The idea of a keyboard / video / mouse switch, or KVM switch, is not new. The historical problem has always been the sheer expense of them. The ability to connect a single keyboard, monitor and mouse to several PC's, switching between them without having to unplug cables, is extremely handy and invaluable in terms of space saving in a corporate datacentre. Aimed at the corporate market, KVM switches like the Cybex Commander series I remember using in 1995 tended to be priced well beyond the means of enthusiasts - both for the unit itself and the extra, poprietary, cables from the switch unit to each PC.
I've known a few people, including myself, who have inherited old KVM switches from work or bought them at auction, to discover the second big downfall of oldschool KVM switches - a lack of support for higher resolutions. Considering most of the old switches were designed in the days of servers with text-mode consoles, the switching electronics and the long cables used just don't cope with carrying a high-resolution, high refresh-rate video signal. Most enthusiasts only ever want to switch between two, or maybe four, PC's, so what the market really needs is a cheap 2- or 4-port KVM switch that can handle high resolutions and doesn't require separate expensive proprietary cables. Over the last couple of years there's been a few such devices appear, and today we're looking at one from Connectland, sent over for review by Peridyme, their Australian distributor.
This 2-port PS/2 KVM comes in a basic destroy-while-opening blister pack, requiring a Stanley knife or similar to cut it open. The contents of the package are simple, being the silver KVM unit itself, two permanently-attached sets of KVM cables and two small manuals, one in English, one French.
The cables included with the unit are impressively long - the manual states 6 feet, but by my measurements they're closer to 5.5 feet, or 170cm. The manual advises that you can use normal VGA or PS/2 extension cables - provided good quality cable is used you can apparently go to about 20 feet.
The unit itself is simple, with two PS/2 connectors for mouse and keyboard, a 15-pin VGA connector for video, and two LEDs to show which port is currently active. I couldn't find any info on the availability of a USB or 4-port version, although Connectland do also make a more traditional box-shaped KVM with 4 PS/2 ports. The Mini KVM supports up to 104-key keyboards.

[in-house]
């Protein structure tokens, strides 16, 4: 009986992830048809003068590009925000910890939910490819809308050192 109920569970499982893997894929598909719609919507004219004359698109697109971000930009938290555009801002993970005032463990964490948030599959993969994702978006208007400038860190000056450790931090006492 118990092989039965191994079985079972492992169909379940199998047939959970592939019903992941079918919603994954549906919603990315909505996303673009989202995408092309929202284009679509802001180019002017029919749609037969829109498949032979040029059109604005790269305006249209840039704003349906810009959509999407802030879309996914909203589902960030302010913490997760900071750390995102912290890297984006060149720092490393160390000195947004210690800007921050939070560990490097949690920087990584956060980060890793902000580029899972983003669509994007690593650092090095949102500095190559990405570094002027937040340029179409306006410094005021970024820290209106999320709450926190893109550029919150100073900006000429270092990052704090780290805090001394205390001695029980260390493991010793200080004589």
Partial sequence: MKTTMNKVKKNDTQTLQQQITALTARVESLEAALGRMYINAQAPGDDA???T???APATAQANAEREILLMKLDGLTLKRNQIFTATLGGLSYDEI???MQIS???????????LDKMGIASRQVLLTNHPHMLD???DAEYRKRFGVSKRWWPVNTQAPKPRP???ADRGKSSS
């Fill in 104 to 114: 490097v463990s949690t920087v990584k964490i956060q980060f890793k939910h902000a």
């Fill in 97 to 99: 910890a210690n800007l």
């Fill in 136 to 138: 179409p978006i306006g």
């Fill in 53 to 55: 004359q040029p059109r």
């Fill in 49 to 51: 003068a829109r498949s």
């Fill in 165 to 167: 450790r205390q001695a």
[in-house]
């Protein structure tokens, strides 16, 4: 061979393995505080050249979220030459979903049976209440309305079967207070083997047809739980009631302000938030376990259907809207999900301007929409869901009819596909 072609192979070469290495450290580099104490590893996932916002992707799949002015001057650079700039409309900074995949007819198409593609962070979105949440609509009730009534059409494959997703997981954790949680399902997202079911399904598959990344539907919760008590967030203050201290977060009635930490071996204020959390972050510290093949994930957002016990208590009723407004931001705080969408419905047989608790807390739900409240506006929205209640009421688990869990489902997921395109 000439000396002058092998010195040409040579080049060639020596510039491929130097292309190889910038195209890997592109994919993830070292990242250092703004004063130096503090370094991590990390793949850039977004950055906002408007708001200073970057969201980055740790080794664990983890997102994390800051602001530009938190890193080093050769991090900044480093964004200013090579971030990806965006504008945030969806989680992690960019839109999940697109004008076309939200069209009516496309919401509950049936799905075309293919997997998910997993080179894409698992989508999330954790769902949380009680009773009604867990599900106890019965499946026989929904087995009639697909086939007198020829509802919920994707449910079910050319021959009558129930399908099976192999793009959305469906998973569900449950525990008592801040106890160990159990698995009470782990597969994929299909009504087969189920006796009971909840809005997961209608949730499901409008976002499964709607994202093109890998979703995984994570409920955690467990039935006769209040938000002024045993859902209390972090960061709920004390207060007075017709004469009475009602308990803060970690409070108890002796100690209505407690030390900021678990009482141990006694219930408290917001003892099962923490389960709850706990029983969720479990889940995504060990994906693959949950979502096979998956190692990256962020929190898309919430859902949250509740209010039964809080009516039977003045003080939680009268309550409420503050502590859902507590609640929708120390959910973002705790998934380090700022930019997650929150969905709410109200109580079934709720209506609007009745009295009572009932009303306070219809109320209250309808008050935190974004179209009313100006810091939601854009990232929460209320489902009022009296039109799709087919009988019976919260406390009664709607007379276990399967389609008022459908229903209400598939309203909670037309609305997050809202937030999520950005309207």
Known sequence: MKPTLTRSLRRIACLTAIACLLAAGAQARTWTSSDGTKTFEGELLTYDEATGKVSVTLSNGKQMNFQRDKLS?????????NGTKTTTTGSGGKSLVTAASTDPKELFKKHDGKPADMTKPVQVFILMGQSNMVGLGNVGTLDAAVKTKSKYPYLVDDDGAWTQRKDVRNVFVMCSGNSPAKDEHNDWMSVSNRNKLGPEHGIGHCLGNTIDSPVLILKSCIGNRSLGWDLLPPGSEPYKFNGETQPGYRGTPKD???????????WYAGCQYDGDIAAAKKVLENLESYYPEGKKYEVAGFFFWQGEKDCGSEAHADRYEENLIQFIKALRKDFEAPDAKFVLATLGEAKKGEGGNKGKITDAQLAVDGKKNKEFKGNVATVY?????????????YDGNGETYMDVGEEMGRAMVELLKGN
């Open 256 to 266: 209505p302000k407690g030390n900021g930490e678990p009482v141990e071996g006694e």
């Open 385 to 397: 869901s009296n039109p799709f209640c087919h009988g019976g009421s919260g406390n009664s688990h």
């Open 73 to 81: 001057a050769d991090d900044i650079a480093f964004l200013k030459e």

Operation of the Mini KVM is extremely simple. In fact, it seems designed to be connected, then tucked away and forgotten about. You control the switching via the connected keyboard, so you don't need access to the Mini KVM at all. Two taps of the scroll-lock button then uparrow or downarrow will switch you to the next PC. Or, tap scroll-lock twice then the number 1 or 2 to select a specific PC. You can even leave it automatically switching between the PC's every 8 seconds, by tapping scroll-lock twice then hitting S. This 8-second interval is not configurable, but seems fine for monitoring the status of two servers or two Folding boxes. When you tap the scroll-lock key the Mini KVM beeps quietly. A quick experiment in Excel reveals that you don't lose scroll-lock functionality when using the KVM. The mouse's scroll-wheel works fine on both PC's also.
Connectland rate the Mini KVM as being able to handle up to 2048x1536 resolution and 400MHz of video bandwidth. Both of those are very high - so high in fact that I can't test the upper limits on the monitors I have here. Using a 19" AOC CRT, a 17" IBM P70 (Trinitron) CRT and a PolyView PT-725A 17" LCD, I tested a range of resolutions from 1600x1200 @ 75Hz to 800x600 @ 120Hz. The image remained sharp and bright for desktop work or gaming, so no complaints there.
A couple of other KVM-specific niceties are provided by this unit. The ports are hot-pluggable, so you can connect or disconnect PC's without having to shut the PC or KVM down first. The KVM will respond to ports even when you're looking at the other PC. So, you can reboot PC 1, flip back to PC 2 and keep working - PC 1 won't stop with a "no keyboard present" error. The only limitation is that you shouldn't switch while the PC is in the middle of rebooting, and you shouldn't use the keyboard and mouse while you're switching - presumably interrupted signals could confuse the PC. Of course, being a completely hardware-based solution, there's no drivers required and it's completely operating-system independent.
This handy little gadget from Connectland works exactly as advertised. If you're looking to save space on your desk, or simply save the cost of a second monitor, keyboard and mouse, it's definitely worth a look. Peridyme list a RRP of $121 AUD inc GST, which is a little more than I expected, but reasonable enough compared to the cost of a second monitor.
Thanks to Peridyme for providing the review unit.